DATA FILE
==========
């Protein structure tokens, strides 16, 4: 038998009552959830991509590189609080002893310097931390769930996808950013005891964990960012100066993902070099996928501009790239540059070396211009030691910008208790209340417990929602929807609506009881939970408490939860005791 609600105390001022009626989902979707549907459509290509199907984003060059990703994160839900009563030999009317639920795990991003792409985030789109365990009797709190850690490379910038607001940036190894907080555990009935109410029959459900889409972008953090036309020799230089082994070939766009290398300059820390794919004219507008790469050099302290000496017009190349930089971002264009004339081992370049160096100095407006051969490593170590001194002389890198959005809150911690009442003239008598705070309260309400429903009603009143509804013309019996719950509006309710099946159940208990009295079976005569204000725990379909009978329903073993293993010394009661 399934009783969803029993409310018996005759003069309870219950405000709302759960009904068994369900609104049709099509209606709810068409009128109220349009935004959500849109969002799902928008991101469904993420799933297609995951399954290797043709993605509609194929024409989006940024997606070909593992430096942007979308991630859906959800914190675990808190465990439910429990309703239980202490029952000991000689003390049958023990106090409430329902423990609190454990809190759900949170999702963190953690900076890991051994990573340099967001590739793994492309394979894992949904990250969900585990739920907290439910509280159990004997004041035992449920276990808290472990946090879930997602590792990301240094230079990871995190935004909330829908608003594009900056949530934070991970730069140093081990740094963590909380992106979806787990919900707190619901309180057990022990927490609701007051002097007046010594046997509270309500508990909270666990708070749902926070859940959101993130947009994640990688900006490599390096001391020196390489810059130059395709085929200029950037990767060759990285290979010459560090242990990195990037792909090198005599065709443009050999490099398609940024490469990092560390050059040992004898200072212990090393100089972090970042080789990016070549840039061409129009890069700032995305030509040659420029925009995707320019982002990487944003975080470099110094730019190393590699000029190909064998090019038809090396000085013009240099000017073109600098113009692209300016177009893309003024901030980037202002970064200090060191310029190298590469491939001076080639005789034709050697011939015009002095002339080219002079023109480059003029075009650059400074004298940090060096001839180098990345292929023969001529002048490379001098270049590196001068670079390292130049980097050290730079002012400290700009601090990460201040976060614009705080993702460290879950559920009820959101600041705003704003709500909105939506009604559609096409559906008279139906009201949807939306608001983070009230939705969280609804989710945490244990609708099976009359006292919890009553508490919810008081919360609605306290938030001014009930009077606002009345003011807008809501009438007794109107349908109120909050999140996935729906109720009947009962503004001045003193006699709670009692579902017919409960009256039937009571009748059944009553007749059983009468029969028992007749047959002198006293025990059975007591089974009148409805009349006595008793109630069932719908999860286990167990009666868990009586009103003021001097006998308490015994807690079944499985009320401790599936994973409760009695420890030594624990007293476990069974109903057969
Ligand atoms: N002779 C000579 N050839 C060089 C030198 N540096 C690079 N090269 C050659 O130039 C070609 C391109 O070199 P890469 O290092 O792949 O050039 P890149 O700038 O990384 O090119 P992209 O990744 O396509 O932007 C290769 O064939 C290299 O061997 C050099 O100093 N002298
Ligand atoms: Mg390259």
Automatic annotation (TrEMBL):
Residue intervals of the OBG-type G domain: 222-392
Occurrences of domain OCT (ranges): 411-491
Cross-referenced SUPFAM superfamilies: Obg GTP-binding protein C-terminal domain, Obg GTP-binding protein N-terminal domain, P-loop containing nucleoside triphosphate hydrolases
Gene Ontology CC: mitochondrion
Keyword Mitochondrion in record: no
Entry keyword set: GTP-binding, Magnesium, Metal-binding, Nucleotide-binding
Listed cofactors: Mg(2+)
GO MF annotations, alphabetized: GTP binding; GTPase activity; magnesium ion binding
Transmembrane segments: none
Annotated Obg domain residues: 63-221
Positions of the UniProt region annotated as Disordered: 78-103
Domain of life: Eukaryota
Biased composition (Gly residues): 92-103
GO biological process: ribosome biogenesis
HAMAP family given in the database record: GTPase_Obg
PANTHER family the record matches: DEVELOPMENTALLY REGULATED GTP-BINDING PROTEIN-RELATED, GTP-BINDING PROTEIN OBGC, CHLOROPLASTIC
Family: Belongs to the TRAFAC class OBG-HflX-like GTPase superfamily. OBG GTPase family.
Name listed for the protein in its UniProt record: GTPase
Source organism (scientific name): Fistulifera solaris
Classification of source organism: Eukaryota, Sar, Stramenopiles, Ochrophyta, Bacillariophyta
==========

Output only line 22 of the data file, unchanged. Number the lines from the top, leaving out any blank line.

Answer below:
Name listed for the protein in its UniProt record: GTPase